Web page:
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Cutting down on the number of commuters using cars for short journeys will be key to easing congestion, says Adeline Bailly of the Centre for Cities think tank
In July, the government published its plan to tackle roadside nitrogen dioxide, a pollutant having particular negative impact on health. It sets out measures to move towards low emission vehicles, to address congestion pinch points on the roads and to encourage greater use of public transport. This focus is welcome – not only does traffic congestion have a high economic cost, it has an obvious impact on air quality. And this carries a very high cost - a report by Public Health England attributes nearly 40,000 early deaths a year to air pollution.
The plan places responsibility on local authorities to implement the appropriate measures to clean their most polluted areas, called clean air zones. Polluting vehicles of certain classes would be charged to enter these areas. Out of 43 geographical zones for air quality monitoring in which the UK is divided, 38 reported illegal levels of pollution last year, mostly in large urban areas.
As such, the central issue for local government will be reducing car usage and its negative impact on air quality. But what is the relationship between car usage, alternative methods of transport and commuting patterns – and how does this play out across the country?
Analysis of the Office for National Statistics (ONS) data on distances and methods of transport chosen to travel to work shows that Milton Keynes is the car-use capital in England and Wales, with more than two thirds of commuters driving to work, reflecting the fact that the city was designed around car usage. Out of major cities (excluding London, which is an outlier because of its extensive public transport system), Birmingham has the highest car use, with 62 per cent of commuters driving to work. The lowest car commuting city is Brighton with only 39 per cent of commuters driving to work, 19 per cent using public transport and 23 per cent walking or cycling to work.
In trying to reduce car-use, targeting short journeys is likely to be more successful than longer ones. ONS data shows that in most cities, those commuting less than 5km still choose their car as their main method of transport. In Hull, for example, 54 per cent of people live less than 5km from their workplace, but 48 per cent of those take their car to go to work. In Cambridge, despite being the most popular place for cycling commuters, more than a third of those living within 5km of their work still choose to drive.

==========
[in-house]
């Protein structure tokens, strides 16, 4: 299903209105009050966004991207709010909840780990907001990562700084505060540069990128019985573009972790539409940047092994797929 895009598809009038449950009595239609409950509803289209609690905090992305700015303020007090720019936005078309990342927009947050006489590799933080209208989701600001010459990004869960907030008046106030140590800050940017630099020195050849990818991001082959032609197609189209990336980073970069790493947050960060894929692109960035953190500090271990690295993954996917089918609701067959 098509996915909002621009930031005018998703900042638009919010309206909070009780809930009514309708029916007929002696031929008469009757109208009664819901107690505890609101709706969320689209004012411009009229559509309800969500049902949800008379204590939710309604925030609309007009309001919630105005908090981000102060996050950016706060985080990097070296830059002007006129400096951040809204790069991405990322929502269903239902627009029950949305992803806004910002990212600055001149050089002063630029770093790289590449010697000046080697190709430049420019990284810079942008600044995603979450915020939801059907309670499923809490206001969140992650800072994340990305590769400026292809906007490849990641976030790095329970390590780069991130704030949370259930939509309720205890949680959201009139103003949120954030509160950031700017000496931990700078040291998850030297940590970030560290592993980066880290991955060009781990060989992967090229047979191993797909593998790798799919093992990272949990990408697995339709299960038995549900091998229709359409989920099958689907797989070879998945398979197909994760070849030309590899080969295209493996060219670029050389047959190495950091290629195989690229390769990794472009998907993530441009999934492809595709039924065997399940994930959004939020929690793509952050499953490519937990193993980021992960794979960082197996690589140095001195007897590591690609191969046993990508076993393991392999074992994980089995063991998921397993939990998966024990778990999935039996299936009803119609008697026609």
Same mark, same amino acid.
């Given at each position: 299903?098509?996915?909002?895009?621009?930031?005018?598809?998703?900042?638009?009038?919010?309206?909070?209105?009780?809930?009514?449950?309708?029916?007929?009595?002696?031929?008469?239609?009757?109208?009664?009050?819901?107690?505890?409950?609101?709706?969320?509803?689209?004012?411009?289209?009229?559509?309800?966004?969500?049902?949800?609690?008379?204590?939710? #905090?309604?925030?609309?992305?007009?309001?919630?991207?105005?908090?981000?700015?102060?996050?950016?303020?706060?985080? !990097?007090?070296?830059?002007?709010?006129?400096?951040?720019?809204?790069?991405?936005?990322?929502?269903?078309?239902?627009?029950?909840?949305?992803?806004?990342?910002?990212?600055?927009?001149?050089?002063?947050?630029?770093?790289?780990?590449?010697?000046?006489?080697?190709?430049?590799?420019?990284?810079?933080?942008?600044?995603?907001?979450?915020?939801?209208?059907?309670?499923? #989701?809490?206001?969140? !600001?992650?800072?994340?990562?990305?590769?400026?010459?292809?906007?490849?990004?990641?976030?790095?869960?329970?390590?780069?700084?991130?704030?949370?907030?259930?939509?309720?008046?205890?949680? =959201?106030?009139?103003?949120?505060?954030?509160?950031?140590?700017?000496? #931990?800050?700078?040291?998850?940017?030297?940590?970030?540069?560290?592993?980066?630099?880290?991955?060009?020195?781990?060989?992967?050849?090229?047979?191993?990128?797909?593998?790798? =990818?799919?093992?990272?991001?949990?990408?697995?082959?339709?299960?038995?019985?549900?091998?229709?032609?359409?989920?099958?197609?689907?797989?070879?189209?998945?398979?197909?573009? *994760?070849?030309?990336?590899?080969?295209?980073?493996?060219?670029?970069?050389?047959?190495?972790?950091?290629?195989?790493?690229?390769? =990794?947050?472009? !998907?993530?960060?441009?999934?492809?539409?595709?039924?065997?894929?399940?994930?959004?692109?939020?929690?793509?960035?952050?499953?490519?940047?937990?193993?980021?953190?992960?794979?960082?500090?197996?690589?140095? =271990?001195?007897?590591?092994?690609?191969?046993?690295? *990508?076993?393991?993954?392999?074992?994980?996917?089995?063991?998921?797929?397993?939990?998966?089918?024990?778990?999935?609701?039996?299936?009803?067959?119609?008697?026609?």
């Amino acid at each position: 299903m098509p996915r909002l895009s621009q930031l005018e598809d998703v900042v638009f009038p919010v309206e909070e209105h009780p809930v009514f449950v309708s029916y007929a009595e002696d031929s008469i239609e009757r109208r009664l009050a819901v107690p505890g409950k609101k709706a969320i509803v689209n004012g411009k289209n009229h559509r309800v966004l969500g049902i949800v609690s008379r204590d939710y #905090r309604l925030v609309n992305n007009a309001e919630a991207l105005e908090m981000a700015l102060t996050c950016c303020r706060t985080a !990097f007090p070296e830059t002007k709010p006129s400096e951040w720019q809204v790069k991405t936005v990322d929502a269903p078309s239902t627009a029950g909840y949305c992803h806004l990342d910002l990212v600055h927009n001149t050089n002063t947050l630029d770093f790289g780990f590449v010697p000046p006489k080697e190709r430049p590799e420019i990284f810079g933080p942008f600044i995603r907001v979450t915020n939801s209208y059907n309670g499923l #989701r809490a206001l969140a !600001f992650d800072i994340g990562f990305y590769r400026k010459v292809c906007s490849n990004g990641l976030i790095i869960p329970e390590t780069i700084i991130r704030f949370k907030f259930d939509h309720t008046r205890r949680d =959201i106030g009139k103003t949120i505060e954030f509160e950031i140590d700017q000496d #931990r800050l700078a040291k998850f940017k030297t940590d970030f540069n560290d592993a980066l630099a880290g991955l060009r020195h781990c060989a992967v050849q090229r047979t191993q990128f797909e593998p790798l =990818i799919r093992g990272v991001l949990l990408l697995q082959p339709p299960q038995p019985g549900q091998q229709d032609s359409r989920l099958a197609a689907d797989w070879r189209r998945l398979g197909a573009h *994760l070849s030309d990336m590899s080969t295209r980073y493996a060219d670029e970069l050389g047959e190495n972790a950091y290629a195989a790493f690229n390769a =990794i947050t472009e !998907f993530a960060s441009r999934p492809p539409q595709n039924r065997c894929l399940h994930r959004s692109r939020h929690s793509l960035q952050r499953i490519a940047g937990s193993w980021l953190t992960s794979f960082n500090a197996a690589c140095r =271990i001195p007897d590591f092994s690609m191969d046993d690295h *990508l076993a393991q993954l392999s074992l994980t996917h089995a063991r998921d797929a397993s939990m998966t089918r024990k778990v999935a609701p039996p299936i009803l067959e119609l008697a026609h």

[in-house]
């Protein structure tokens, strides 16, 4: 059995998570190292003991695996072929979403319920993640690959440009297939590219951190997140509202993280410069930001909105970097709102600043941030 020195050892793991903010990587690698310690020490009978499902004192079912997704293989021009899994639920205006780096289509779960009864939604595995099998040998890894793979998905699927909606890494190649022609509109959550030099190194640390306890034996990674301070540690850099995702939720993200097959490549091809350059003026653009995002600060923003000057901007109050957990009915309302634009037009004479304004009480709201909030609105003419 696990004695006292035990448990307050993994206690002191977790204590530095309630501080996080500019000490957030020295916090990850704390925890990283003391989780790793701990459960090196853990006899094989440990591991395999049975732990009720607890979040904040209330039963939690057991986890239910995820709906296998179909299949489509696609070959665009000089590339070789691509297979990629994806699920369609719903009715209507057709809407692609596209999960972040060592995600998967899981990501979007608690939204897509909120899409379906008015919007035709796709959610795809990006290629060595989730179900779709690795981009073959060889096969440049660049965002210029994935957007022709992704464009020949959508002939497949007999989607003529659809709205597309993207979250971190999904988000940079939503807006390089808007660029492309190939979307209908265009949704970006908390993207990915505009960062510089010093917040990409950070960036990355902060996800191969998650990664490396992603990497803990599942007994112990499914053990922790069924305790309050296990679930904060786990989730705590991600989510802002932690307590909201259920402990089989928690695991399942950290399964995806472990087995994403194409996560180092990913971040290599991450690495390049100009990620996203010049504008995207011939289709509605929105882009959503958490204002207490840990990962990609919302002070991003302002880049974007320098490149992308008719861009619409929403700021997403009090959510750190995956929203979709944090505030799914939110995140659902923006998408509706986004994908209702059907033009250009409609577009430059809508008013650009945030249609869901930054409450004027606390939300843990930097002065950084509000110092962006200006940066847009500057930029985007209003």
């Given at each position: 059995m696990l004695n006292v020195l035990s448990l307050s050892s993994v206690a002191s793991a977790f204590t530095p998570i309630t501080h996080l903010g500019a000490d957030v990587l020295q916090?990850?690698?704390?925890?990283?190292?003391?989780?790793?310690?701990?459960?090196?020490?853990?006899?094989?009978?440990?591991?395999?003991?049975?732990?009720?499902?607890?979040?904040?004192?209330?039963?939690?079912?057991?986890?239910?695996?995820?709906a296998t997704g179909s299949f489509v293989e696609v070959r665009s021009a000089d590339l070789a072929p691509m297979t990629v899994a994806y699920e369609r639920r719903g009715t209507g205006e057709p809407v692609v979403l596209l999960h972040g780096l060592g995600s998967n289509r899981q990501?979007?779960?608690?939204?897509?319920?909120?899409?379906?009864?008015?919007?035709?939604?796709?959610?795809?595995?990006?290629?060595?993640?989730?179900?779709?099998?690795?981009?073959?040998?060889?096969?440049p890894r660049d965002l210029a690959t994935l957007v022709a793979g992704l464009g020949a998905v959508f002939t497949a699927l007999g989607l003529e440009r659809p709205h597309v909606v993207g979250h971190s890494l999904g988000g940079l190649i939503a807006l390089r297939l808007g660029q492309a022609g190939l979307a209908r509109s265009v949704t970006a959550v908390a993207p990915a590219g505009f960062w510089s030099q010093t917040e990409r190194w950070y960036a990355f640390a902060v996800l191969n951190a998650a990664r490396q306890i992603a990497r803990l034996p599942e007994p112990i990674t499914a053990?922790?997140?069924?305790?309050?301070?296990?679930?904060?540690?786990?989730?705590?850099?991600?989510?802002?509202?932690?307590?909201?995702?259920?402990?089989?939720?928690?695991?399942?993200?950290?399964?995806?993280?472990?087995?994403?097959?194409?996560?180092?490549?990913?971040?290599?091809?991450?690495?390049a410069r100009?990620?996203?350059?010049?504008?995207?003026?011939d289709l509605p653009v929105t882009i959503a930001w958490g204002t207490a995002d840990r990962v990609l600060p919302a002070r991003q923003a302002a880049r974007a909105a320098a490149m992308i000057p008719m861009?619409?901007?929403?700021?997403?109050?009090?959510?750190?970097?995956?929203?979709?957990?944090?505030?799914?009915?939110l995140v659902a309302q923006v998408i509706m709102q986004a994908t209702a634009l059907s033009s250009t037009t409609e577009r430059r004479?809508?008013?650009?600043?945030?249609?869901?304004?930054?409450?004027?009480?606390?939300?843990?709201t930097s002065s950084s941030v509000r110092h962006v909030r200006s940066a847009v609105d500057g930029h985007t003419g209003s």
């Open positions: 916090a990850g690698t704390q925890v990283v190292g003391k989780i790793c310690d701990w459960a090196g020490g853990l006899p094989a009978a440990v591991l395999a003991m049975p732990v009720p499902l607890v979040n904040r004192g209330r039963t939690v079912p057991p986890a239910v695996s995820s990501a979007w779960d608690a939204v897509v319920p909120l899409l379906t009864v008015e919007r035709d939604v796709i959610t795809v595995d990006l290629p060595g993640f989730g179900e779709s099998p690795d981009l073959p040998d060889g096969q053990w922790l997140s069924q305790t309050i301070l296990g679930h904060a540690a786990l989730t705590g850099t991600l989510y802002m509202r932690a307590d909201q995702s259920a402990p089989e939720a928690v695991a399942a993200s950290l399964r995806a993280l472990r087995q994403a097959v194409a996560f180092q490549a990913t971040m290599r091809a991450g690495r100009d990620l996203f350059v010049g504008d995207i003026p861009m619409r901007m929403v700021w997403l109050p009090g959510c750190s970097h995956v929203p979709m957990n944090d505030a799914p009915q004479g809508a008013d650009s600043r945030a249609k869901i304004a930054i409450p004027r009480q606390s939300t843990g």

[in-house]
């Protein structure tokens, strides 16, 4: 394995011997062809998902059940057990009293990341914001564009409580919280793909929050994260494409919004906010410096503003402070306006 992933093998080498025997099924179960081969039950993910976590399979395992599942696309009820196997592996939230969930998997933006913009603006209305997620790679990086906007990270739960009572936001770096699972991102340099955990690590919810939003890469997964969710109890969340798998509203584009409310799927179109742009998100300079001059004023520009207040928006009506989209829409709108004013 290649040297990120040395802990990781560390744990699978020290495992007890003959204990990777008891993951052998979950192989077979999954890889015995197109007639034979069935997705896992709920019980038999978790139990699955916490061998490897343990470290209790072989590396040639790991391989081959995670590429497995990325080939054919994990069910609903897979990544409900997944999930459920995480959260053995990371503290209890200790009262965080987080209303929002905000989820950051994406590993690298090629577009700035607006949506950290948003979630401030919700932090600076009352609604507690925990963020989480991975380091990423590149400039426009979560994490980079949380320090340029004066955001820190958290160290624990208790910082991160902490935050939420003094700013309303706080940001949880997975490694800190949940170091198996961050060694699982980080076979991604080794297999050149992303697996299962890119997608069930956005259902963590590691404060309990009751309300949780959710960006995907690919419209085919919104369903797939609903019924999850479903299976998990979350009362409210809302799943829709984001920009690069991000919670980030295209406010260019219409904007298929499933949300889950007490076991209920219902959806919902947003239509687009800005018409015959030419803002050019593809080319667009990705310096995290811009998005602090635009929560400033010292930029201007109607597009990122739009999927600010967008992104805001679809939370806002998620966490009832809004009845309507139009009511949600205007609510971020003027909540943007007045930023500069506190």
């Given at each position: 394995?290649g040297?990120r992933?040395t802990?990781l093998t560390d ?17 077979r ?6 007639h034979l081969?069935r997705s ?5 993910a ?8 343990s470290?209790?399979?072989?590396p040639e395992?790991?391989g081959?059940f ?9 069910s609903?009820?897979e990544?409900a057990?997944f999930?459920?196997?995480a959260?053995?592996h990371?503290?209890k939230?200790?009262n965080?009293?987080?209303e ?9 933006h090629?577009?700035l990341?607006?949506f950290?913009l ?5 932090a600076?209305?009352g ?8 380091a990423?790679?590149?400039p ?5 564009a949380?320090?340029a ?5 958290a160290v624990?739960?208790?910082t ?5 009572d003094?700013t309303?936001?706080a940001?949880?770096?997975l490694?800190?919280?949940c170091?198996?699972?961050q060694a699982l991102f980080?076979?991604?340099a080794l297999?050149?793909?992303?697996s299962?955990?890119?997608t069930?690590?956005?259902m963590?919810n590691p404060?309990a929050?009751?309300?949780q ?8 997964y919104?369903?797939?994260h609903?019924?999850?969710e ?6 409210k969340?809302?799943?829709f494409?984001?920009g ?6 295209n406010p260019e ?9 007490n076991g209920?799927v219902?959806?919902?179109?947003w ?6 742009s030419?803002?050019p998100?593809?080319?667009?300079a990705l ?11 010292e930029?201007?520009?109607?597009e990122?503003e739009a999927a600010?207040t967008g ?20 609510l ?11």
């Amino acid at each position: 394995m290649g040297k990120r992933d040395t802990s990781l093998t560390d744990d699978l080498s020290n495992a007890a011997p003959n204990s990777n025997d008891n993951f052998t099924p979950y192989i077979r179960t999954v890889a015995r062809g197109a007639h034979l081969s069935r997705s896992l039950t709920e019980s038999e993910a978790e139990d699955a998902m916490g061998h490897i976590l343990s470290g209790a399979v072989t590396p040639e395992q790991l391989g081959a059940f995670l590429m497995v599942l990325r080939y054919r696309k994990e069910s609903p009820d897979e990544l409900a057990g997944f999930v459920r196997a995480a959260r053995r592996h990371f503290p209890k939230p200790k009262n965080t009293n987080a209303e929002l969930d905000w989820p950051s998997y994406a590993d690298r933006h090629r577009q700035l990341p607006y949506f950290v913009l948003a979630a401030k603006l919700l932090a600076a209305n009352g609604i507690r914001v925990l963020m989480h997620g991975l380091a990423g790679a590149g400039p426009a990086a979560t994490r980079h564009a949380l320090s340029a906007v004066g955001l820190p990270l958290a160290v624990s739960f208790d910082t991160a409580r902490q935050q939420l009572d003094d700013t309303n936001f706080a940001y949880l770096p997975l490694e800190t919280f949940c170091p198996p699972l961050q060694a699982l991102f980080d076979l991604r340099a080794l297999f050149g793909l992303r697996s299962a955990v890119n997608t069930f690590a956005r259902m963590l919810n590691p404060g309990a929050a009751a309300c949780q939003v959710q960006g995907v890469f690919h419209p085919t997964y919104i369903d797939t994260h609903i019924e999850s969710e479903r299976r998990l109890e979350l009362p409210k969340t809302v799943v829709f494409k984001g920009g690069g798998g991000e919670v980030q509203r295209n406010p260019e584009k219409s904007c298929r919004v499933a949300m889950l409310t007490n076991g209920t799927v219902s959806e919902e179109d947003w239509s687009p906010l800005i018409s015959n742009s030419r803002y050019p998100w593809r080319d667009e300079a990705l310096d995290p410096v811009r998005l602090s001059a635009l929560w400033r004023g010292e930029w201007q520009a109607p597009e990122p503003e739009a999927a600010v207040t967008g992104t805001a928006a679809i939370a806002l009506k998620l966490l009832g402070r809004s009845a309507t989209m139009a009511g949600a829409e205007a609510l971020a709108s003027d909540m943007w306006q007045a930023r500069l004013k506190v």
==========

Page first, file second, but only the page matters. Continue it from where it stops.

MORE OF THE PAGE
Looking even closer, only a small share of commuters in cities who live 2km from their workplace choose alternative forms of transport to driving. This is particularly observable in smaller cities such as Blackburn and Swansea, where 47 per cent of those very short trips are made by car. But is also an issue in major cities. In Birmingham, for example, only nine per cent of commuters living 2km away from work take public transport, while 44 per cent drive. In Bristol and Leeds, over a third of commuters in this group travel by car to work. These relatively low levels of public transport usage tend not to be because people are walking or cycling.
There is a challenge for cities there, where driving is still the dominant way people choose for commuting, even for short distances. For most people, these distances could easily be walked or cycled, and in some cases using public transport may make their journey faster. So how could cities begin to encourage people to make the switch from car use to alternatives for such short distances?
Improve public transport